Candidates’ overseas tours produce little but laughs


Ann McFeatters

WASHINGTON — Of the silly traditions involving running for the White House, the going-abroad-to-show-my-foreign-policy-credentials ritual ranks worst, except for eating fried dough at county fairs.

As bemused Europeans look on, the quadrennial parade of candidates to Israel, Bonn, the Court of St. James, back to Israel, Tokyo and, sometimes, Paris is fraught with potential embarrassment and difficult moments. Beyond the photo ops of handshakes with foreign leaders, the carefully crafted, boring speeches and the pained efforts to look awed at tourist sites, the struggle to make no mistakes is the real story.

Remember Mitt Romney in London insulting his hosts by insinuating they weren’t all that prepared to host the Olympics? Nobody remembers anything else he said.

Most recently former Florida Gov. Jeb Bush has been in Europe recounting his father’s efforts to reunite Europe after the Berlin Wall fell. Awkwardly, Bush avoids lauding the presidency of his brother, George W. Bush, who began the widely reviled Iraq war and alienated many with his anti-terrorist measures.

Meanwhile, as Jeb Bush prepares to announce his candidacy, Europeans are puzzled by the machinations in his campaign apparatus back home as jockeying for power dominates the headlines.

With a couple dozen Republicans running, about to announce or waiting in the wings, foreigners can hardly be blamed for yawning at slews of American politicians rushing abroad to lecture them on 1) getting tougher with Vladimir Putin; 2) putting their fiscal houses in shape; 3) making the world safer for democracy; 4) considering war against Iran; 5) bombing the Islamic State; 6) going back into Iraq; 7) embracing tougher measures against Syria; 8) being more assiduous about following the U.S. lead everywhere else; 9) buying more U.S. goods and services; 10) assuring the world that Republicans are tanned, rested and ready to lead.

Hillary Clinton, frontrunner by American Pharaoh lengths for the Democratic nomination, doesn’t have to do the demeaning pilgrimage to Europe. She already visited 112 countries as secretary of state, famously traveling nearly a million miles, dutifully chronicled in her book, “Around the World in Eighty Hairstyles.”

Former Texas Gov. Rick Perry did his duty in Europe last October, getting the jump on other presidential aspirants. But he cut his trip short after two Texas hospital workers contracted Ebola and needed his skills to recover.

Former Pennsylvania Sen. Rick Santorum has made a big splash in Europe, possibly because when he ran for president in 2012 the European media widely disdained him for what they perceived as his antediluvian views. One of his America exceptionalism tenets is cracking down on undocumented immigrants. Although he won the 2012 Iowa causes, it matters not what Europeans think about him, if anything.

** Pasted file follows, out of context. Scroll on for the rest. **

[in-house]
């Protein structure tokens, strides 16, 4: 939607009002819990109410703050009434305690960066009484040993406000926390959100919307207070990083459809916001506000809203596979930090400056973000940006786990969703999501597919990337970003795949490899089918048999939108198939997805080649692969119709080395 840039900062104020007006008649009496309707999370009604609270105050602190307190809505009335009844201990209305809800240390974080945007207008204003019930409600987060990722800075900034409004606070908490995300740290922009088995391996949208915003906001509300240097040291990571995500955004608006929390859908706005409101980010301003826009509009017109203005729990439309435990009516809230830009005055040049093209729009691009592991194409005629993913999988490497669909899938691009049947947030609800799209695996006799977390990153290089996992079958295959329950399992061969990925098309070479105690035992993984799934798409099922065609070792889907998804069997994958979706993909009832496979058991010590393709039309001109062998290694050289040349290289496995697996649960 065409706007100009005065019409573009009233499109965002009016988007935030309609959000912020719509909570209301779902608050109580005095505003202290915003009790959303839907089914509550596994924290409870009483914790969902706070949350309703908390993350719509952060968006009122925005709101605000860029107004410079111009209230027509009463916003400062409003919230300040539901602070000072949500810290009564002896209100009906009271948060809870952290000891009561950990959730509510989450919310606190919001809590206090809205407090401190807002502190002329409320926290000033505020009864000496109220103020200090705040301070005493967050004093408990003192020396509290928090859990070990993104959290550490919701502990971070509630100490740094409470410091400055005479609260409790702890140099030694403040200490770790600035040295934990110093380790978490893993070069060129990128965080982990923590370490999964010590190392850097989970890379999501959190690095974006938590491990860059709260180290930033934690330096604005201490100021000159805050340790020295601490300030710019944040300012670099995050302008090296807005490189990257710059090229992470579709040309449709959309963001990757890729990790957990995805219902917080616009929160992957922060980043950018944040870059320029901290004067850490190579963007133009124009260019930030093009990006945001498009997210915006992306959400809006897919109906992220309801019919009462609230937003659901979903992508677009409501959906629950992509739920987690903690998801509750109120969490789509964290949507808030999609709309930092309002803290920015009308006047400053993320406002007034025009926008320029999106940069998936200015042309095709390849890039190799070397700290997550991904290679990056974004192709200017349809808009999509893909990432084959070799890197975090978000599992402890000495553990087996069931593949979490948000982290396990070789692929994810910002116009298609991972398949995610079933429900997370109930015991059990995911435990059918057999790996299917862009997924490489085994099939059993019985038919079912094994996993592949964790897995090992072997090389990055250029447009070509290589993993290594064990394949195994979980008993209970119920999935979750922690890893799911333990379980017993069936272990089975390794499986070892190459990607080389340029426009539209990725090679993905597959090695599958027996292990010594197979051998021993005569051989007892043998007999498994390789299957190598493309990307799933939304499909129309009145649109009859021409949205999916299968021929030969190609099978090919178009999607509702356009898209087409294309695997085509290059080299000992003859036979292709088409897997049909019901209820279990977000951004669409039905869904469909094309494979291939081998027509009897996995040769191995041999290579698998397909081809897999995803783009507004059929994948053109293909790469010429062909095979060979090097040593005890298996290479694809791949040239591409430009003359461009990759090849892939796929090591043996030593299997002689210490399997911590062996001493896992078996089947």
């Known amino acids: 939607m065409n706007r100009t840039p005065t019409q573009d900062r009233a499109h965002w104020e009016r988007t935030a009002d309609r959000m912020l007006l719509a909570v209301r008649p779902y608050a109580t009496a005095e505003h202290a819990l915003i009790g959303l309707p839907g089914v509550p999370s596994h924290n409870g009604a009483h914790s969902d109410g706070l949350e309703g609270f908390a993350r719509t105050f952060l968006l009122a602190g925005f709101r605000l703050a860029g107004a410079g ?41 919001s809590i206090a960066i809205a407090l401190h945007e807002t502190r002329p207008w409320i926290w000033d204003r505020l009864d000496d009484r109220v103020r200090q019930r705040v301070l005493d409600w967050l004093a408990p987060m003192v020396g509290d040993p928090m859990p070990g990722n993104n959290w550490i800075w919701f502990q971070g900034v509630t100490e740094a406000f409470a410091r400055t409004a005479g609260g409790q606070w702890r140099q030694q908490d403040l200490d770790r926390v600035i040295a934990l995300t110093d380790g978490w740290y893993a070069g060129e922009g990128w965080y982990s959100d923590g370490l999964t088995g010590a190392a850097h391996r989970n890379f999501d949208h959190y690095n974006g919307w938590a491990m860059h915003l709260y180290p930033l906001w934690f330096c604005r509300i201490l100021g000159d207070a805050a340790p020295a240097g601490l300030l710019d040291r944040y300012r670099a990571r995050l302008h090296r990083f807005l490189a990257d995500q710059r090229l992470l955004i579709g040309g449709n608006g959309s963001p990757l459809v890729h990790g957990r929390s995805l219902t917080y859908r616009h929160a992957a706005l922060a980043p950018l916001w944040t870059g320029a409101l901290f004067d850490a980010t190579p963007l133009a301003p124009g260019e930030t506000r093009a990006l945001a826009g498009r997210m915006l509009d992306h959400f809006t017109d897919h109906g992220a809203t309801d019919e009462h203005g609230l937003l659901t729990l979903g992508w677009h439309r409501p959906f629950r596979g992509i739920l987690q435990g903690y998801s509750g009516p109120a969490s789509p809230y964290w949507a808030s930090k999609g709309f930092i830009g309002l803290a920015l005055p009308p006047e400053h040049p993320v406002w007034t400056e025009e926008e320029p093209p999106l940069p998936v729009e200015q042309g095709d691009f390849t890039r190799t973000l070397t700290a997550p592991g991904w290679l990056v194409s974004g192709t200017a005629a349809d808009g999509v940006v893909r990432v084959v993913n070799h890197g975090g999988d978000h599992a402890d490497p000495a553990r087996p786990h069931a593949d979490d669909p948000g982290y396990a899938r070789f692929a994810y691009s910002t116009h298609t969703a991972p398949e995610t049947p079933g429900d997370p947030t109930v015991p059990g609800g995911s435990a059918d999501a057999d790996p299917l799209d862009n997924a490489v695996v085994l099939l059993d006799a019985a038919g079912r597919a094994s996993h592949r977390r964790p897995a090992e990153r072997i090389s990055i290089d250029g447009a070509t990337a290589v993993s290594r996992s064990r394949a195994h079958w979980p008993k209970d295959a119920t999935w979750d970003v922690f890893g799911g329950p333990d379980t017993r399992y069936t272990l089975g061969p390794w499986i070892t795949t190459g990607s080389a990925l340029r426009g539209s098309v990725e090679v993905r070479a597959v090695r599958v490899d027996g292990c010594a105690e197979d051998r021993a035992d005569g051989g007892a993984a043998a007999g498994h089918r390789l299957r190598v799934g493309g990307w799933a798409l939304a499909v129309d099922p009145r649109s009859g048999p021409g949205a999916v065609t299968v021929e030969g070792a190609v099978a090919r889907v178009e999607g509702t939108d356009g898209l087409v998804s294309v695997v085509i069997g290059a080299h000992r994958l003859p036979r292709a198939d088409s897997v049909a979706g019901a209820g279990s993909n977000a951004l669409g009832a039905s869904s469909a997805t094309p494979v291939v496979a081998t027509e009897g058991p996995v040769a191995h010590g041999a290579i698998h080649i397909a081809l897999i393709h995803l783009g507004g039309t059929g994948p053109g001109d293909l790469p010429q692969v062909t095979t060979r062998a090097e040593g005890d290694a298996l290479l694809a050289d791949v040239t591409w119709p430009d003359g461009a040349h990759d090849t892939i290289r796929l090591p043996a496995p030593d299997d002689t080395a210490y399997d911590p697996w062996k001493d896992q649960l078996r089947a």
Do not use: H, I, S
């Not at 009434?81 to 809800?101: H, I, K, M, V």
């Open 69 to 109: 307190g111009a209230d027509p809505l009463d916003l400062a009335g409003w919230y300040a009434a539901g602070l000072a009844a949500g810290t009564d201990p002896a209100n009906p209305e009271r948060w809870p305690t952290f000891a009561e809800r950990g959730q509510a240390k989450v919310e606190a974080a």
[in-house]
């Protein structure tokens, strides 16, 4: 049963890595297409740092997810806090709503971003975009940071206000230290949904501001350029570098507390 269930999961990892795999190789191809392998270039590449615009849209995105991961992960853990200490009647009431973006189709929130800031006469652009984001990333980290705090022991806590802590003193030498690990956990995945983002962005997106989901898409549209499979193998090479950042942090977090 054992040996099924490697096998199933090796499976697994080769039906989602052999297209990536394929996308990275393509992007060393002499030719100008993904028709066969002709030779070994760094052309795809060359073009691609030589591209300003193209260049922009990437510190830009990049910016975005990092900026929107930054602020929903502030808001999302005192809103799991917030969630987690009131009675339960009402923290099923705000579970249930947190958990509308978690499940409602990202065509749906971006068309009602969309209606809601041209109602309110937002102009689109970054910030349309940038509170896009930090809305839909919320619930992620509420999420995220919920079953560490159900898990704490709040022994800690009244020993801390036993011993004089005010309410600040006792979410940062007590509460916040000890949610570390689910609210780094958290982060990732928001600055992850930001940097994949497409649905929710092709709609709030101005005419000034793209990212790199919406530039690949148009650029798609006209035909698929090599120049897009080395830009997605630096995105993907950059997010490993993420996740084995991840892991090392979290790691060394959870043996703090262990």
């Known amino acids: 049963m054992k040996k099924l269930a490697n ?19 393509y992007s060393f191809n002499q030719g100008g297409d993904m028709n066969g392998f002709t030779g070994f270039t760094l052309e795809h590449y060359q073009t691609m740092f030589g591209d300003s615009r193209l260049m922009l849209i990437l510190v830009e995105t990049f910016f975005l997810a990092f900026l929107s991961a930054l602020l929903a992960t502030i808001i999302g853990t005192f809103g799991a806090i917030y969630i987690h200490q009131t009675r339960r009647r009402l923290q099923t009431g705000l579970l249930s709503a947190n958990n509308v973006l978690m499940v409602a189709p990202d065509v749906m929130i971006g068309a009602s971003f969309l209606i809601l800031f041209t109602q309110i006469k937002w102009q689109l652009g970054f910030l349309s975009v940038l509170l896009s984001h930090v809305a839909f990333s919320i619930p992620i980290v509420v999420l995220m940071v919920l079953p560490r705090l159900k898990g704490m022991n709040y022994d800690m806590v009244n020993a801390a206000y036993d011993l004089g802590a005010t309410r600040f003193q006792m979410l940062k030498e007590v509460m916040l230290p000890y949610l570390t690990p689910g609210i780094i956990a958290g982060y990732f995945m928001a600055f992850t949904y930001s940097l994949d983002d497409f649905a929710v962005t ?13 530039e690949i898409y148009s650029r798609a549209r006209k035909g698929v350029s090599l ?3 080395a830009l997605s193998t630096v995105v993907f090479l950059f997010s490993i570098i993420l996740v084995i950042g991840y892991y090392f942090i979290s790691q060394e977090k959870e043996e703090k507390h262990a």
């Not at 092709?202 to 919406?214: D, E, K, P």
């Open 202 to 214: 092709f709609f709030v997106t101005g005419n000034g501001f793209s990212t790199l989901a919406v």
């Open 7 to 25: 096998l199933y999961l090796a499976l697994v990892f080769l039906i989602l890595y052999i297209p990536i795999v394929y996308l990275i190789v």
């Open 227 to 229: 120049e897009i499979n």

Ditto for Ted Cruz, the filibustering Texas senator, and Rand Paul, the filibustering, isolationist Kentucky senator.

We don’t know much about Florida Sen. Marco Rubio. We do know his parents are from Cuba and he has a lot of debt. He has self-confessed to a lack of bookkeeping skills and bought a speedboat for $80,000. That might endear him to Europeans, if not struggling middle-class Americans. But he’s expressed no affection for Europeans, insisting he’d “defy” them on big issues. Actually, a trip to Europe by Rubio might be interesting.

Wisconsin Gov. Scott Walker, the only governor ever to win a gubernatorial recall election, would have trouble generating any buzz in Europe, where his state as a cheese producer has little cachet despite German roots. While he has an exploratory committee and the support of billionaires, Walker’s an enigma. He has no college degree. While he dines at the public trough, he is most known for opposing collective bargaining by public workers.

Longshots Carly Fiorina, the fired Hewlett-Packard executive, South Carolina Sen. Lindsey Graham (who bills himself as the only foreign policy expert in the GOP race), surgeon Ben Carson and former New York Gov. George Pataki are tourists foreigners could love. They have money, and none would be in much demand to make speeches.

We think all the candidates should skip the European/Middle East/Asia sideshows and compete in the National Geographic Society Geography Bee to show their creds. Dissing Putin is easy; knowing what countries Moldova flanks is harder.

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